Brief exercise can provide protection against the effects of stress-induced cell aging, according to new research from UCSF.
The scientists learned that vigorous physical activity as brief as 42 minutes over a 3-day period, similar to federally recommended levels, can protect individuals from the effects of stress by reducing its impact on telomere length.
Telomeres (pronounced TEEL-oh-meres) are tiny pieces of DNA that promote genetic stability and act as protective sheaths by keeping chromosomes from unraveling, much like plastic tips at the ends of shoelaces.
A growing body of research suggests that short telomeres are linked to a range of health problems, including coronary heart disease and diabetes, as well as early death.
“Telomere length is increasingly considered a biological marker of the accumulated wear and tear of living, integrating genetic influences, lifestyle behaviors, and stress,” said Elissa Epel, PhD, who is one of the lead investigators and an associate professor in the UCSF Department of Psychiatry. “Even a moderate amount of vigorous exercise appears to provide a critical amount of protection for the telomeres.”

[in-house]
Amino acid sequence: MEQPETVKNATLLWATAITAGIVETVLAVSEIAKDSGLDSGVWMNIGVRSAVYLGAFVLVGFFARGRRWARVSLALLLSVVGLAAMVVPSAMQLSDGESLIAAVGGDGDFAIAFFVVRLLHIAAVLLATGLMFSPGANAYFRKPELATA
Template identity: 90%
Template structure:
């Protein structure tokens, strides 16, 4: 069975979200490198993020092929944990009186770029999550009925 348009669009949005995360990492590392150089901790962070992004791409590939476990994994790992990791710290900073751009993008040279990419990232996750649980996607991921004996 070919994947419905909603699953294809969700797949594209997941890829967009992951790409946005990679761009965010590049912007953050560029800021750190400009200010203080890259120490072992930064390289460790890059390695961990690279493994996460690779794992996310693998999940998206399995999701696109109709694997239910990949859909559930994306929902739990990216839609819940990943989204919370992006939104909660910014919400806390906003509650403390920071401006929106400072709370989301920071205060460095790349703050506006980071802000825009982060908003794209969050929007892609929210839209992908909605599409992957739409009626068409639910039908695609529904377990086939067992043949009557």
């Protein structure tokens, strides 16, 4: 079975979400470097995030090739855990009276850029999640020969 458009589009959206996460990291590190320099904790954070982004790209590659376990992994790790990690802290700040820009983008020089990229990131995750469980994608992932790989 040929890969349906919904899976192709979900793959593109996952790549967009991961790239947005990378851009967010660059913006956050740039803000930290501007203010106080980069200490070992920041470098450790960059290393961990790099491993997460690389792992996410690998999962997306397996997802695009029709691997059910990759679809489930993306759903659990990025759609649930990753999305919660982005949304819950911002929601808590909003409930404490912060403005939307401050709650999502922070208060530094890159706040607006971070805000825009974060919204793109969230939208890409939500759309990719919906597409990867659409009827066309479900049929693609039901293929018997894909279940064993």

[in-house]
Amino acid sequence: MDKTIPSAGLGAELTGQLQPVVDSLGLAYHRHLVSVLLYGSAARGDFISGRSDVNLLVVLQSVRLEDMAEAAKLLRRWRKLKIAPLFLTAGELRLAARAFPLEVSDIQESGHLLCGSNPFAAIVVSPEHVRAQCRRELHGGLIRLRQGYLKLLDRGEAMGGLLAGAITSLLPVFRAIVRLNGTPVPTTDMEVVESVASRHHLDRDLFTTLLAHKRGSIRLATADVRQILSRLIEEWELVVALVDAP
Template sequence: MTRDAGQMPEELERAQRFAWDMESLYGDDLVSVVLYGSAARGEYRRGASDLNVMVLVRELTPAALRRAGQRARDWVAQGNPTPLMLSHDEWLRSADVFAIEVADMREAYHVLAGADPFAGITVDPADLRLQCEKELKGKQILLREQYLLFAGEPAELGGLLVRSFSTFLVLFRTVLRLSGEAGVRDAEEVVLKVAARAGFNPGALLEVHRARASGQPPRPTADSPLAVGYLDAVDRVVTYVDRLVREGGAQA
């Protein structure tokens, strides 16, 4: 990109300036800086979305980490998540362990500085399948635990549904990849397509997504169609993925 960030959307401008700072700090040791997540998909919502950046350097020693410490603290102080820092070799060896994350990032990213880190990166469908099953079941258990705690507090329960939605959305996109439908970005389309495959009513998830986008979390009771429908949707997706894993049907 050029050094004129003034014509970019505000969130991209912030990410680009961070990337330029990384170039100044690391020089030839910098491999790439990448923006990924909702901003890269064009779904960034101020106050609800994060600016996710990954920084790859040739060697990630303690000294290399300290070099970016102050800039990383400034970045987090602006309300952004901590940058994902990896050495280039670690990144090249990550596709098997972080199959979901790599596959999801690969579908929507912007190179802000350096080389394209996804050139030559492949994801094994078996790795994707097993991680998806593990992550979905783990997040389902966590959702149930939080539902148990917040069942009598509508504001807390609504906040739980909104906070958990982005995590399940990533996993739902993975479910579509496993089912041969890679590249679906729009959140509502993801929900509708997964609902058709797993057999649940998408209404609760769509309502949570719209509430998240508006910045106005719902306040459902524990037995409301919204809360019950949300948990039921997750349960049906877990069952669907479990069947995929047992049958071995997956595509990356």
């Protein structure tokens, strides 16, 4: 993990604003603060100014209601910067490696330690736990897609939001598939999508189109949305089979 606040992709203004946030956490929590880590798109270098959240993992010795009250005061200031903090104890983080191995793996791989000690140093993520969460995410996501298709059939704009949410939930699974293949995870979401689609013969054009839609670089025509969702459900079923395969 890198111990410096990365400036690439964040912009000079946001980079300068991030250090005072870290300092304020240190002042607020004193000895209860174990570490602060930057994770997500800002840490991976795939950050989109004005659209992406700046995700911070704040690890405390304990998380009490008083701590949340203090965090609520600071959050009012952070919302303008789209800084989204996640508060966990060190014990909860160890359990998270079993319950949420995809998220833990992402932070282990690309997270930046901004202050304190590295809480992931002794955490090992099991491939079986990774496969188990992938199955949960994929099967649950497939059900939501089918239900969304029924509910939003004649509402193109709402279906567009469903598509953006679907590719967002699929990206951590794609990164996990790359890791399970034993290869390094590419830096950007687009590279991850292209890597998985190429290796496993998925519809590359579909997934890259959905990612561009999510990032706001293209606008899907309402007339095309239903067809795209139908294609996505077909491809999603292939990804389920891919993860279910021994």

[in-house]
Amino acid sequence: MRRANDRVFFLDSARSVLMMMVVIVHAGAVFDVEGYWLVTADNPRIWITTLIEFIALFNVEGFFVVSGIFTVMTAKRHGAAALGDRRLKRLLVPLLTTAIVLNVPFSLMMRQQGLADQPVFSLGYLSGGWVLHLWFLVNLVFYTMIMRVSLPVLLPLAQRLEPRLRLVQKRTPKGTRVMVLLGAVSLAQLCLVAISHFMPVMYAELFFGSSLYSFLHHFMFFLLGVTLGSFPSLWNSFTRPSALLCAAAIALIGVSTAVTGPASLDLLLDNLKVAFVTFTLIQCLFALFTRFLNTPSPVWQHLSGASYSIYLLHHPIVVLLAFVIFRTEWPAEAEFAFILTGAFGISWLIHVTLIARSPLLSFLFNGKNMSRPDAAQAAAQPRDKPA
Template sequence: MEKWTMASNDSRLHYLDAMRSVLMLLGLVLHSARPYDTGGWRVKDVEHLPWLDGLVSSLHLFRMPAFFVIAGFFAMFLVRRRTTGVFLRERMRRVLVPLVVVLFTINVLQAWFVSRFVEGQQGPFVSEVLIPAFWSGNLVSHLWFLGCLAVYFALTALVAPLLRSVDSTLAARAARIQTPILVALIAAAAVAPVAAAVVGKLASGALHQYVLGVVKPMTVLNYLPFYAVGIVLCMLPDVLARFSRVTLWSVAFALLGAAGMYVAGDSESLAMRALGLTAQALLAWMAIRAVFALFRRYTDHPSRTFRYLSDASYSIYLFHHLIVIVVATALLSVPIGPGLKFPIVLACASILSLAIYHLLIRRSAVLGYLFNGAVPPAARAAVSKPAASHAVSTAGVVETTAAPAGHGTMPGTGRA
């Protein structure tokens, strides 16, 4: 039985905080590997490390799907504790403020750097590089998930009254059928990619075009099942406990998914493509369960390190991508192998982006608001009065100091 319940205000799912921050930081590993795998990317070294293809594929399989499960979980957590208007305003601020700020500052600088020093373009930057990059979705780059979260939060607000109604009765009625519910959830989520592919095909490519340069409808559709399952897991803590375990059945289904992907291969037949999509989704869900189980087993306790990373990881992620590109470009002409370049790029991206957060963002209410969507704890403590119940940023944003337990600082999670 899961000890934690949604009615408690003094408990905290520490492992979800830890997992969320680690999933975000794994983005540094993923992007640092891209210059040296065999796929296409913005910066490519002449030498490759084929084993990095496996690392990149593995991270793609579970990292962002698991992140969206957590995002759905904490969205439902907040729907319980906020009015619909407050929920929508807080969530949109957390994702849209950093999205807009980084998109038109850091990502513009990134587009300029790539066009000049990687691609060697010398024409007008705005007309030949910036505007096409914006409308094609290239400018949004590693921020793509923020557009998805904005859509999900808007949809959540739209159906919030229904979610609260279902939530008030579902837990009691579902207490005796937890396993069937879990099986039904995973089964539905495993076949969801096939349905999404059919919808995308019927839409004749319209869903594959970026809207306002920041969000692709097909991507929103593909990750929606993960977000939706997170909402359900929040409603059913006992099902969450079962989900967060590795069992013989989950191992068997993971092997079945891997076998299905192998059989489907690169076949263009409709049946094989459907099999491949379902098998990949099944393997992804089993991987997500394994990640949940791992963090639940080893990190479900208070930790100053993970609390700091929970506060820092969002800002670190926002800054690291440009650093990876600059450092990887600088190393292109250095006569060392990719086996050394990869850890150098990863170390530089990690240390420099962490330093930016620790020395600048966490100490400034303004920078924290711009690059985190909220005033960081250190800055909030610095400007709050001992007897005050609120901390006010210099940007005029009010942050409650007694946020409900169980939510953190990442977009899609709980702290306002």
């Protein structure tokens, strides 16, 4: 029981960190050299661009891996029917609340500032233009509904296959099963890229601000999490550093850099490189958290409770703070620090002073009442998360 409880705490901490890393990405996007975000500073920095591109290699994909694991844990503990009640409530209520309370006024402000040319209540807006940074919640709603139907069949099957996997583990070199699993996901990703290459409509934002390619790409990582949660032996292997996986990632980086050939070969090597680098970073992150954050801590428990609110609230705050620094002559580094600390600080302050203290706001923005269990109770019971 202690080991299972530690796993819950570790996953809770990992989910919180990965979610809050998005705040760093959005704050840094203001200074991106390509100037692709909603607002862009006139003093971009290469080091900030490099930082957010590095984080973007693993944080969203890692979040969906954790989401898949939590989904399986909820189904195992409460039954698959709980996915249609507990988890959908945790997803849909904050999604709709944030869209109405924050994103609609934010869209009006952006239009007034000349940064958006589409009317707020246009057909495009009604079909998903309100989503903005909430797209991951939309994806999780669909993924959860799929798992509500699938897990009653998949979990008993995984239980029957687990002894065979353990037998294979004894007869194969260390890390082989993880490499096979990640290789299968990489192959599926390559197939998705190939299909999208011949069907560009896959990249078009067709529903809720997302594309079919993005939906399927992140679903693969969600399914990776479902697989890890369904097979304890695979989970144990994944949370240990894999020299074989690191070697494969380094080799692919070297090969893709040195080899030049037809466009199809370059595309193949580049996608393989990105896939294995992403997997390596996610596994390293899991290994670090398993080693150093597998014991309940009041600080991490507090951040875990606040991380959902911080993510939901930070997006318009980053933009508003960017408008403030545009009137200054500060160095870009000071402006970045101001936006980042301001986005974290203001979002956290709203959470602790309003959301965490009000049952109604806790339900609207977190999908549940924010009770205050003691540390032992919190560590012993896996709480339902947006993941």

The findings build on previous UCSF research documenting that chronic psychological stress takes a significant toll on the human body by impacting the length of telomeres in immune cells.
The new study has been published in the peer-reviewed online publication PLoS ONE.
In the study, 62 post-menopausal women – many of whom were caring for spouses or parents with dementia — reported at the end of each day over three days the number of minutes of vigorous physical activity in which they had engaged. Vigorous activity in the study was defined as “increased heart rate and/or sweating.” They also reported separately their perceptions of life stress that they had experienced during the prior month. Their blood’s immune cells were examined for telomere length.